This book, with an ample supply of incredible, often double-truck photos, "100 Places" covers areas from the North Pole to the depths of the Congo Jungle that will certainly be affected in the coming years. Covering both the obvious (the barely above sea level, 1,200 tropical islands of the Maldives) to the obscure (the Vava'us in the Kingdom of Tonga), the book is a direct connection to dozens of rare places whose basic existance is threatened by the industrial age. While there are thousands of travel books, few, if any, highlight locations of pre-extinction the wat "100 Places" does. With a look and style resembling a National Geographic project, "100 Places" is a worthy addition to any travel bookshelf and one whose recommedations simply won't wait.
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2 of 2 people found the following review helpful By A. Stenz on January 10, 2012
Format: Hardcover
I agree with basically the other reviewer's points about the poor choice in photos and text. Being a photographer, I was so excited about this book. More than half of the images were just plain bad choices from an editorial standpoint. Dark and not really showing the landscape at all. Perhaps moody and somber was the feeling they were going for. But it doesn't make me want to see most of these locations at all.

The text was, at points, just plain sensationalized. Really, Chicago is going to lose all it's tourism if the temp rises a few degrees? Really? The book should be called: 100 places I can scare you about loosing due to climate change. Some of the statistics of places are staggering (like Lake Chad's incredible decrease in size), yes. But others just seem like they are really stretching it (both to be chosen to be in the book and then trying to find something to write about them.

I don't normally write poor reviews of products. I give it an 5 stars for trying to raise awareness of the effects of climate change but 2 stars overall as a book. It's one book that is quickly going to disappear from my shelf.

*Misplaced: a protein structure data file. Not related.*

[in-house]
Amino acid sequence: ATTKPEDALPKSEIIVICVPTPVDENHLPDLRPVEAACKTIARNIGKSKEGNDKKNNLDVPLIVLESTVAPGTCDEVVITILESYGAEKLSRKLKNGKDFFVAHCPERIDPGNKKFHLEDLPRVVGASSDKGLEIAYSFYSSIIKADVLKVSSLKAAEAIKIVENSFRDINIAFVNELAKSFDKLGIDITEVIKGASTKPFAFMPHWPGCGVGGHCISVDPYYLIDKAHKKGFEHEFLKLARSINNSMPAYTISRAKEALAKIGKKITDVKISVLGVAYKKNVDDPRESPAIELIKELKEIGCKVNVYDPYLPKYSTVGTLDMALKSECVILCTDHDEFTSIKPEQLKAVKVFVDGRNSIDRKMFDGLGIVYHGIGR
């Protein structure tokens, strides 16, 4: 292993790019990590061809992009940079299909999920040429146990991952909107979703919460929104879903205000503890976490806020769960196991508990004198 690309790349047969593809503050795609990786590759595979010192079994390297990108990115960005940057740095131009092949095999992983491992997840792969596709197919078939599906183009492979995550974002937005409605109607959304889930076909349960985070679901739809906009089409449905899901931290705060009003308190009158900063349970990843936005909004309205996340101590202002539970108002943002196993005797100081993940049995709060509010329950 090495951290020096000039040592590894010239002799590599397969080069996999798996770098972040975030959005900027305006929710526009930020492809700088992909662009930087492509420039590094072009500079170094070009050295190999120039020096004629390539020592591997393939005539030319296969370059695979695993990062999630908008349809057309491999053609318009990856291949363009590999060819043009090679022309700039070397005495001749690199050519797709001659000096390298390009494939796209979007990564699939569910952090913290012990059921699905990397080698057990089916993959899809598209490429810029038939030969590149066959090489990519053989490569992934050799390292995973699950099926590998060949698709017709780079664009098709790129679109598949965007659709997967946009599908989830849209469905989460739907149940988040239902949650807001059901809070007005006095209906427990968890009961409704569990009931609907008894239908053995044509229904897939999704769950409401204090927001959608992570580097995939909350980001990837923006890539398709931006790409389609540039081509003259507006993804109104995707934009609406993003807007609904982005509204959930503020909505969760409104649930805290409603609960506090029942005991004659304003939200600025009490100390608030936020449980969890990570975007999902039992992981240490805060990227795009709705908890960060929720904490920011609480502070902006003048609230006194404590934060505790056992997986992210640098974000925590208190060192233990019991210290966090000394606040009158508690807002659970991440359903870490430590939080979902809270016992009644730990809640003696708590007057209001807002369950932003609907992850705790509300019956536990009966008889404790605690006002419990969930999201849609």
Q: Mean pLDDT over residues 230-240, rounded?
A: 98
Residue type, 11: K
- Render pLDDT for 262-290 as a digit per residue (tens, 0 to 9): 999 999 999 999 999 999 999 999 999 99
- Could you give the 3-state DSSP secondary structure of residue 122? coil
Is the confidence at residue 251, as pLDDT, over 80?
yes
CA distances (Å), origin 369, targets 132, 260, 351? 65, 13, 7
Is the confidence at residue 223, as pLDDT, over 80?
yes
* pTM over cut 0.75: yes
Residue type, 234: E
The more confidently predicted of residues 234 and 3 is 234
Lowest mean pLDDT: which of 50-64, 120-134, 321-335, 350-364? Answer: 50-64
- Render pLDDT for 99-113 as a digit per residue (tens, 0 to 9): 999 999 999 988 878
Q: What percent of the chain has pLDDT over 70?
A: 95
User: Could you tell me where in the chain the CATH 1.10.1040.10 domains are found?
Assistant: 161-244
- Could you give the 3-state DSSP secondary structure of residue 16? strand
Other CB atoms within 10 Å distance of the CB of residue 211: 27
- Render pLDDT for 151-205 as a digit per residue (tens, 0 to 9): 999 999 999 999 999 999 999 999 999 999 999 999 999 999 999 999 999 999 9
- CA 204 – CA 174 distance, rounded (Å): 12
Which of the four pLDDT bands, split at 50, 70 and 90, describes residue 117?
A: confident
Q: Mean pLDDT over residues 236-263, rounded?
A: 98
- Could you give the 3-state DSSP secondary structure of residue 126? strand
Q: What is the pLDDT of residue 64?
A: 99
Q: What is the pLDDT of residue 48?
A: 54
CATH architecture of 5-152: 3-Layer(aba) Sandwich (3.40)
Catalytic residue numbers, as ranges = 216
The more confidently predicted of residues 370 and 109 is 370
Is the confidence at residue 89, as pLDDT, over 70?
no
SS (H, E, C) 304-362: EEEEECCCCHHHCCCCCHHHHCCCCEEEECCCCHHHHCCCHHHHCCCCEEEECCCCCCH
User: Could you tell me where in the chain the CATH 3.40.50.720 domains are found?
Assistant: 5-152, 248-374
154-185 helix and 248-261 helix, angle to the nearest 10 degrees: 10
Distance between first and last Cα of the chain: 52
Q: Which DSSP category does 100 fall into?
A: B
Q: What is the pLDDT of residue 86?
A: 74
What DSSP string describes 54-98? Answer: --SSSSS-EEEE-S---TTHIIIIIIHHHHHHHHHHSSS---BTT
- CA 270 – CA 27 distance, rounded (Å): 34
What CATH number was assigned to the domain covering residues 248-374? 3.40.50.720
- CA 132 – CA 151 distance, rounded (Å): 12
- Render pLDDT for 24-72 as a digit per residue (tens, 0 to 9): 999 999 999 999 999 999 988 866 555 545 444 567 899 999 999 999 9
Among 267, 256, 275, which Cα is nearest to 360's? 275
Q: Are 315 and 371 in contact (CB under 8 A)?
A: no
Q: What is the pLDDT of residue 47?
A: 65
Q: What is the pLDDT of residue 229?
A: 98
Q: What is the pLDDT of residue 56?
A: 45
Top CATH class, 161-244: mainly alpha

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4 of 6 people found the following review helpful By Sheri Newton on May 21, 2011
Format: Hardcover
100 Places to Go Before They Disappear by Co+Life, foreword by Ranjedra K. Pachauri, contribution by Desmond Tutu is a stunningly beautiful illustrated book that shows you 100 places that are in very real danger of disappearing in our lifetime. Want to take a look at these places and see what can be done to change their potentially devastating fate? Read this book!

100 Places to Go Before They Disappear is a look at 100 places that have a very real possibility of no longer being there as they are now within our lifetime. Scary thought, right? There are many places on the list I really want to go to one day including: Venice, Chicago, Manhattan, Olympia, Paris, the Great Barrier Reef, and many more.

It is a visually stunning illustrated book with 100 color photographs. Each location has information to go with each area, including how climate and what people are doing to cause the decline in each location. It isn't too late to help these places though and information is also given for ideas on how to save these places from changing beyond recognition (or fully disappearing). For more information, visit [...]
I highly recommend this book to everyone who loves photography books, travel books, environmental books, and anyone who really enjoys beautiful places and learning more about them.

* Thank you to the publisher of 100 Places to Go Before They Disappear, Abrams, for providing me with a copy of this book for review. All opinions expressed are my own.